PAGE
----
Sri Lanka’s Muslims have reason to fear the new Rajapaksa era

The anti-Muslim sentiments that helped him get elected are likely to shape Gotabaya Rajapaksa’s tenure as president.

Rajapaksa Sri lanka Reuters
Sri Lanka's President Gotabaya Rajapaksa waves at his supporters as he leaves, after the presidential swearing-in ceremony in Anuradhapura, Sri Lanka Nov 18, 2019 [Dinuka Liyanawatte/Reuters]

On Saturday, Sri Lankans elected Gotabaya Rajapaksa, a former secretary of defence and brother of two-time former President Mahinda Rajapaksa, as their new president in an election that has seen rising religious tensions take centre stage. 

Gotabaya’s election marked a return to majoritarian politics in the predominantly Buddhist South Asian island nation and left Sri Lanka’s myriad minorities, especially the Muslims who constitute roughly 10 percent of the population, in a precarious position.

He secured victory with an impressive 52.25 percent of the vote but achieved this result with hardly any support from Sri Lanka’s minorities. This marked a significant shift in Sri Lankan politics since Muslims have long been perceived as “kingmakers” in the country and played a key role in determining the winners of presidential and parliamentary elections. In the 2015 presidential elections, for example, they formed a united front with Tamil and Sinhalese opposition groups to defeat then-President Mahinda. But this time around they failed to influence the result of the election and likely lost the opportunity to have a representative in the new cabinet that will be sworn-in in January 2020.

But not having any representation in the cabinet is only the tip of an iceberg of problems awaiting Sri Lanka’s Muslims following Gotabaya’s election.

The newly-elected president, who served as defence secretary under his authoritarian older brother between 2005-2015 and helped him bring an end to Sri Lanka’s 26-year war with Tamil rebels, based his campaign for Saturday’s election on providing strong leadership on national security issues in general and the perceived threat of “Muslim extremism” in particular. This raised concerns among Sri Lanka’s human rights activists, who fear Gotabaya could repeat the human rights violations allegedly committed against minorities during his brother’s tenure.

Easter Sunday bombings behind Rajapaksa’s rise

Gotabaya’s election victory came on the back of a series of coordinated bombings on Easter Sunday that killed at least 257 people and wounded hundreds of others. The attacks, which were claimed by a little known local Muslim armed group, caused the country’s Sinhalese Buddhist majority to openly turn on the Muslim community. In the months that followed, as the International Crisis Group (ICG) documented in a recent report, Sinhalese Buddhist nationalists waged a campaign of “violence and hate” against Sri Lanka’s Muslims, while “a weak and divided political leadership has either stood idly by or, worse, egged on the abuse”.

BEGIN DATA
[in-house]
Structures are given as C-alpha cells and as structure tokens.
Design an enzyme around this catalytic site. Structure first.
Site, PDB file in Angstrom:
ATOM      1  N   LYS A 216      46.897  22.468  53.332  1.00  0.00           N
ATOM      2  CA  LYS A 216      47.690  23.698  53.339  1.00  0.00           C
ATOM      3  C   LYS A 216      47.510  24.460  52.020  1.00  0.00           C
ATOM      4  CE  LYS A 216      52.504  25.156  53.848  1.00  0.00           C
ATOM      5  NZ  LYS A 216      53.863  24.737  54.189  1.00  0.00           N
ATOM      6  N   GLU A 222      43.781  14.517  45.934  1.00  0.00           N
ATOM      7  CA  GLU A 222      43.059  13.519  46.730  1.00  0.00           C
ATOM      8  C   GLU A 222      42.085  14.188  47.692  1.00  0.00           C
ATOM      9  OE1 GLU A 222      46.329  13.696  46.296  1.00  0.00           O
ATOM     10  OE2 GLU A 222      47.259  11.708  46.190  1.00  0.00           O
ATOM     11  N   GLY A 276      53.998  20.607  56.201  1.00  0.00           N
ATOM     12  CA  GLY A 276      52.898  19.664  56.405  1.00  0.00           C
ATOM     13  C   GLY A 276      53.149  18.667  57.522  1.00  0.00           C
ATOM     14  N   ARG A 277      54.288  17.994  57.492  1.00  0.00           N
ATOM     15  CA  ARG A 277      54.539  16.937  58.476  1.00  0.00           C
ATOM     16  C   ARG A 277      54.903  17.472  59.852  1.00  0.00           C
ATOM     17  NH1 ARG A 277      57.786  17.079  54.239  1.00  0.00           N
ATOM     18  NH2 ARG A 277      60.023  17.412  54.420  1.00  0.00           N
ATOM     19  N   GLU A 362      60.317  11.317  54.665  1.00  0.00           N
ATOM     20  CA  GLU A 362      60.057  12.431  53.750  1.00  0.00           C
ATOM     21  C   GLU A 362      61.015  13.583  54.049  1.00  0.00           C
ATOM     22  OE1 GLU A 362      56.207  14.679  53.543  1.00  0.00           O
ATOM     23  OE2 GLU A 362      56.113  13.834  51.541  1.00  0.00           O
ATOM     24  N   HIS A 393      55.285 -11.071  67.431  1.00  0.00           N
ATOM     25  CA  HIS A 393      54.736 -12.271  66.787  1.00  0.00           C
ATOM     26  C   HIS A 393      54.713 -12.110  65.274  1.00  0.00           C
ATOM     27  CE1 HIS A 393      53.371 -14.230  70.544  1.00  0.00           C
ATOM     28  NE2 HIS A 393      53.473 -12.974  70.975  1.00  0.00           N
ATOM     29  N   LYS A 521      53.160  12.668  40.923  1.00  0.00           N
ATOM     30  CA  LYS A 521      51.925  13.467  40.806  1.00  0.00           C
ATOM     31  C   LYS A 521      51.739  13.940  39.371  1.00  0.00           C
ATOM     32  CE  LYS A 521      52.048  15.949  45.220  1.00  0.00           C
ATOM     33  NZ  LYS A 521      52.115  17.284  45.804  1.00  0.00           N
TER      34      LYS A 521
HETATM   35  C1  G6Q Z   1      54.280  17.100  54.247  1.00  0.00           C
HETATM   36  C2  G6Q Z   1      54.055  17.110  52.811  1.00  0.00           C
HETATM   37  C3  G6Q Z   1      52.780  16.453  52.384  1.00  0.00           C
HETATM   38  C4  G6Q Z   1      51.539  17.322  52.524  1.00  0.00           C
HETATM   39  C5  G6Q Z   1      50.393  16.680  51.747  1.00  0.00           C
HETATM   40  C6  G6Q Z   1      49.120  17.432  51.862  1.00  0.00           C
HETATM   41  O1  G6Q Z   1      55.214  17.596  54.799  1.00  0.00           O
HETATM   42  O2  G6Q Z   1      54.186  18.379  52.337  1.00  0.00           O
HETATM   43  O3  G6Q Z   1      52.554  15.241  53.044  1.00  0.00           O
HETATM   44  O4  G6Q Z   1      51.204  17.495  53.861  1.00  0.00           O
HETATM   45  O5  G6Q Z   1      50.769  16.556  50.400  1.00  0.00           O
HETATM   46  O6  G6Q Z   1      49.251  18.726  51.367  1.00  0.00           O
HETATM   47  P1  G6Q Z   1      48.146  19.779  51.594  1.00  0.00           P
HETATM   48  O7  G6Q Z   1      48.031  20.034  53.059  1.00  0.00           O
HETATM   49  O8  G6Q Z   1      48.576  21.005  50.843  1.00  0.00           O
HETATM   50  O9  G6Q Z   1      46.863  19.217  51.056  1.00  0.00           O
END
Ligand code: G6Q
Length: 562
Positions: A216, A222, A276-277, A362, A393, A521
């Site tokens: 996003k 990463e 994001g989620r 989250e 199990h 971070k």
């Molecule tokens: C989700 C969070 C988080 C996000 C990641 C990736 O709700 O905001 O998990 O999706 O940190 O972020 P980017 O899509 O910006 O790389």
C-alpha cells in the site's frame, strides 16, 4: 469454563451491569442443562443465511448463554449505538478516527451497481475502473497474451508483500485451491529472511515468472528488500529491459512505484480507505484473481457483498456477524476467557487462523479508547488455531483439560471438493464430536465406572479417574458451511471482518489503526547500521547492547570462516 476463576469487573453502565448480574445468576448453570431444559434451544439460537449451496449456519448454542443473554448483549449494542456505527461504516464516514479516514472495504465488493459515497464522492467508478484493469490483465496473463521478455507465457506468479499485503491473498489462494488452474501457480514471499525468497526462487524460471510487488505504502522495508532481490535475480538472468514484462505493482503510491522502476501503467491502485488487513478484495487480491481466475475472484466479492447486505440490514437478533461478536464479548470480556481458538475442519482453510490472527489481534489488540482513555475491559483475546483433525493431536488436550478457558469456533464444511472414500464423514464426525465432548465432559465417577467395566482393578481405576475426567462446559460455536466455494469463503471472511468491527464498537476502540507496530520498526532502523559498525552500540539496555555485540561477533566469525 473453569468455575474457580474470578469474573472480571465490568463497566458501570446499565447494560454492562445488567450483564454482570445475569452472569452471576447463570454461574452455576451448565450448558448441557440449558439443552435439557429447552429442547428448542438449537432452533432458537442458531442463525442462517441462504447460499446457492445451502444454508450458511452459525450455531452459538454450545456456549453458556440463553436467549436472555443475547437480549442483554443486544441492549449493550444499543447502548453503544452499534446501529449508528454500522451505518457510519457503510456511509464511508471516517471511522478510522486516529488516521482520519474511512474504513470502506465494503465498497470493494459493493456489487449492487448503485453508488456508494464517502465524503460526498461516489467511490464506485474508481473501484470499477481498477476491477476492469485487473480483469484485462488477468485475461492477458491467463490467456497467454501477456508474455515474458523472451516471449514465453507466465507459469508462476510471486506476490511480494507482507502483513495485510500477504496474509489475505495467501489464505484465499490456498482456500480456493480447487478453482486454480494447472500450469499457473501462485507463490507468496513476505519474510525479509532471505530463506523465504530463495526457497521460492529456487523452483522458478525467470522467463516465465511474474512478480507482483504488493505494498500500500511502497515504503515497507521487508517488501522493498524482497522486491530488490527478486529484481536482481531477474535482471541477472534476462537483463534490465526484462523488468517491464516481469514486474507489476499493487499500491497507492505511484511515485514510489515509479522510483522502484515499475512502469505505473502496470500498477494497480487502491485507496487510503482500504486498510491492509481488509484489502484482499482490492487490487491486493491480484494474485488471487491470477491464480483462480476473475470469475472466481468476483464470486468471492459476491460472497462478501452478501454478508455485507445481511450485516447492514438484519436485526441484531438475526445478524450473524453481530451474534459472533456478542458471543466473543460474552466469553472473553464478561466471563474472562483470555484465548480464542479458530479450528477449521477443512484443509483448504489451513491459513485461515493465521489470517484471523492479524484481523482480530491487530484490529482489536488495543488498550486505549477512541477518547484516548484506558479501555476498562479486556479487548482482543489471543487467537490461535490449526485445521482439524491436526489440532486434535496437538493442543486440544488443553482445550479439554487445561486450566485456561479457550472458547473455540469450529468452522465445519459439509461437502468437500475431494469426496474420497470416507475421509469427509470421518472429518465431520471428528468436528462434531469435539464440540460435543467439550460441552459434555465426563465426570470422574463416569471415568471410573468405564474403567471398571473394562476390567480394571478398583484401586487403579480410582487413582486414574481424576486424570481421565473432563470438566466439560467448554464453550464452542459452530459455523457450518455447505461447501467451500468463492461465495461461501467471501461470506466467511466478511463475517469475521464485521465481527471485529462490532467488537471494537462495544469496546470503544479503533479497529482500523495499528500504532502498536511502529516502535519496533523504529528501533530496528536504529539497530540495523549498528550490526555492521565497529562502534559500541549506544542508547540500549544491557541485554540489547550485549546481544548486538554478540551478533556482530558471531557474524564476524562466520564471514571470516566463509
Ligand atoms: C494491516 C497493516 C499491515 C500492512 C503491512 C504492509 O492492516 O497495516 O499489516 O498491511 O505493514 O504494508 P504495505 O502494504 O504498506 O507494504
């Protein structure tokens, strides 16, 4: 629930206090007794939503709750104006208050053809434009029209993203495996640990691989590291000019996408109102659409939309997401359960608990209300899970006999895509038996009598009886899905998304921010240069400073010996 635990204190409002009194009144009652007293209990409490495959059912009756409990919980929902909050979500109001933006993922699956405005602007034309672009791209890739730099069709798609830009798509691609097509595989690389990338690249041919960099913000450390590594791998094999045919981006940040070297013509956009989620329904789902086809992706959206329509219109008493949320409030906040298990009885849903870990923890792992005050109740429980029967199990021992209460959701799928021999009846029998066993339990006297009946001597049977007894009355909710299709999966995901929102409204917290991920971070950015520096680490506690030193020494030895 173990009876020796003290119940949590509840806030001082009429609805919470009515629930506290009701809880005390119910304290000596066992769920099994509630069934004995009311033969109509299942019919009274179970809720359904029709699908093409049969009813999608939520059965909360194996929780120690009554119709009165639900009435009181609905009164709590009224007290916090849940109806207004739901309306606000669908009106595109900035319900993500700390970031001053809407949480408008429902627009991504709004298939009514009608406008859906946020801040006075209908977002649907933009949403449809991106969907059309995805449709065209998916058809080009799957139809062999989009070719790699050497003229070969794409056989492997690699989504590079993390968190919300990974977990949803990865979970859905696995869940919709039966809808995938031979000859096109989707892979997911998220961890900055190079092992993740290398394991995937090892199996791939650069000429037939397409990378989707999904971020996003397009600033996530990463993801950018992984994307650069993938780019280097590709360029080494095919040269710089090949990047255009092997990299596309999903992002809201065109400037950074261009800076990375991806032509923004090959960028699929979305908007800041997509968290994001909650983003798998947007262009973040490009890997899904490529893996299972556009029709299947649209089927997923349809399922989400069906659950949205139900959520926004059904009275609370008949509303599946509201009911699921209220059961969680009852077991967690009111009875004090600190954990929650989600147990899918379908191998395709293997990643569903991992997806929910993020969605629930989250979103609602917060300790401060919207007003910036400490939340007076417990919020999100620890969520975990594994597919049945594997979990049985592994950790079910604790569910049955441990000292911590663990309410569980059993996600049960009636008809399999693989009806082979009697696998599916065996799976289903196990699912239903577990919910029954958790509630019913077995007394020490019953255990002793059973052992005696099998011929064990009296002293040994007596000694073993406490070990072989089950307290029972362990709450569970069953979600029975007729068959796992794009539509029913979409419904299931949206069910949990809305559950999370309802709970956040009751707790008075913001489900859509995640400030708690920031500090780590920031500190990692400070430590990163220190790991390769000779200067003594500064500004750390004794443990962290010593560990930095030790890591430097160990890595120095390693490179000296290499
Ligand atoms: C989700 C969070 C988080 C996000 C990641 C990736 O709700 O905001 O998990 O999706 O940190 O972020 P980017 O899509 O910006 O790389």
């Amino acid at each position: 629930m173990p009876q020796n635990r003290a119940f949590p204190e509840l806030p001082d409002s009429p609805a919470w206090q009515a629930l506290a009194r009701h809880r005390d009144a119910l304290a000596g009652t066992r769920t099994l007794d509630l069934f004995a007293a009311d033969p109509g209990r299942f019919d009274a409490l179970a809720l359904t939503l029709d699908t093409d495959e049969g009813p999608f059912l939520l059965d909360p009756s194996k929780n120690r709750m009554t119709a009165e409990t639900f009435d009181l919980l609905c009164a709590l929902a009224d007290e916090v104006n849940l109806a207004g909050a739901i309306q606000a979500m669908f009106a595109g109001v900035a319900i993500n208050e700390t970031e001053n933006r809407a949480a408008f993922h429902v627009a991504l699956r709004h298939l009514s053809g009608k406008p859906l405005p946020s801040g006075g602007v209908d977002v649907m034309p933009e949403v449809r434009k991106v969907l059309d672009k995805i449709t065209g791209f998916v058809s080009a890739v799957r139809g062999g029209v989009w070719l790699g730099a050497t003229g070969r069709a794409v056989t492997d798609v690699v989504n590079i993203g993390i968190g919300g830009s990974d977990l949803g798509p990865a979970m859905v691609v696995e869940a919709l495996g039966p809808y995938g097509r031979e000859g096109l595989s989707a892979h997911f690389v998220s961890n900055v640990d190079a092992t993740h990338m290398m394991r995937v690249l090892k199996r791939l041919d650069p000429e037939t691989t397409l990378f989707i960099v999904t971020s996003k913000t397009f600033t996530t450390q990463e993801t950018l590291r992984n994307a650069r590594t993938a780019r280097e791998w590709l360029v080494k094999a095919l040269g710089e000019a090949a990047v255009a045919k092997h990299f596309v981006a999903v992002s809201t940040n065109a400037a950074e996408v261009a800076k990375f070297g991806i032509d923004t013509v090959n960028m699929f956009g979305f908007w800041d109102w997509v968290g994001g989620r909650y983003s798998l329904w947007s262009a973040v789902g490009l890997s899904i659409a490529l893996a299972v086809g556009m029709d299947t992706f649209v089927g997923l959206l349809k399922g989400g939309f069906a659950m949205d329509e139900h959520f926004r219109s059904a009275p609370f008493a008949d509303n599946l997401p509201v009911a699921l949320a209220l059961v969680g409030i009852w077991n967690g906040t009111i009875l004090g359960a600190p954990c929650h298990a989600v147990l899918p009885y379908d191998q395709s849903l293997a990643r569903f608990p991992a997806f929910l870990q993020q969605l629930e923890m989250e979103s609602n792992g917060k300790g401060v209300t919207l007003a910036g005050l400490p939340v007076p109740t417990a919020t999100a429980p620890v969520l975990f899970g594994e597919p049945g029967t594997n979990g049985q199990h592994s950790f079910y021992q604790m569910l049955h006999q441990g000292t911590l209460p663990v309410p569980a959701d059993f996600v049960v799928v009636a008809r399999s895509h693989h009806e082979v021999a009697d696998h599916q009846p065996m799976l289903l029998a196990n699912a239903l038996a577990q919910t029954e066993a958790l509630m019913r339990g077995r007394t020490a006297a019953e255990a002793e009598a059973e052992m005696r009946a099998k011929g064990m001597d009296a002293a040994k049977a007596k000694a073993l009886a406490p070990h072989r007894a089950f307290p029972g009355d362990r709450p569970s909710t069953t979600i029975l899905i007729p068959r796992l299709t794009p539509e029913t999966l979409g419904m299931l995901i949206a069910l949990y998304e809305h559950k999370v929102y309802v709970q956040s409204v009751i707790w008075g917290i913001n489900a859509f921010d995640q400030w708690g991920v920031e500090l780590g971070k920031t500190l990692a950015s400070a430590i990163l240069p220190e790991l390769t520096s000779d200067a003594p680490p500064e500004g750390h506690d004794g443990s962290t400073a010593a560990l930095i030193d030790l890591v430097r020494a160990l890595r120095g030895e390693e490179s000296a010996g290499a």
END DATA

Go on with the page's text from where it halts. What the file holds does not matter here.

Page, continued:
Large-scale violence was seen in Kurunegala, Kuliyapitiya and Minuwangoda among other places. As part of the Buddhist hardliners’ campaign against Muslims, it is estimated that more than 30 mosques and Quranic schools, as well as 50 Muslim-owned shops and more than 100 houses, were attacked. Leading Buddhist monks, such as Venerable Rathna Himi and Galaboda Ghanasara, also openly criticised Muslims and encouraged violence against them.

All this boosted the political fortunes of Gotabaya who seized the opportunity to position himself as the nation’s protector against the “Muslim threat” and to run for president on a security ticket.

The dramatic shift in Sri Lankan society’s perception of Muslims and its decision to elect a strictly majoritarian leader like Gotabaya, however, cannot be tied solely to the Easter Sunday bombings.

Tensions had long been simmering under the surface

The growing anti-Muslim sentiment in Sri Lanka that at least partially led to the election of Gotabaya as president is the cumulative result of a set of insecurities specific to the Sinhalese majority.

First, the Sinhalese believe that Muslims in Sri Lanka, who first arrived on the island as traders and continued to be involved in trade over the centuries, are economically better-off than the rest of the Sri Lankan population. This perception fosters a sense of unfair distribution of wealth and is one of the underlying causes behind the long-simmering tensions between the Sinhalese and Muslim communities, which led to bursts of communal violence even before the Easter Sunday attacks.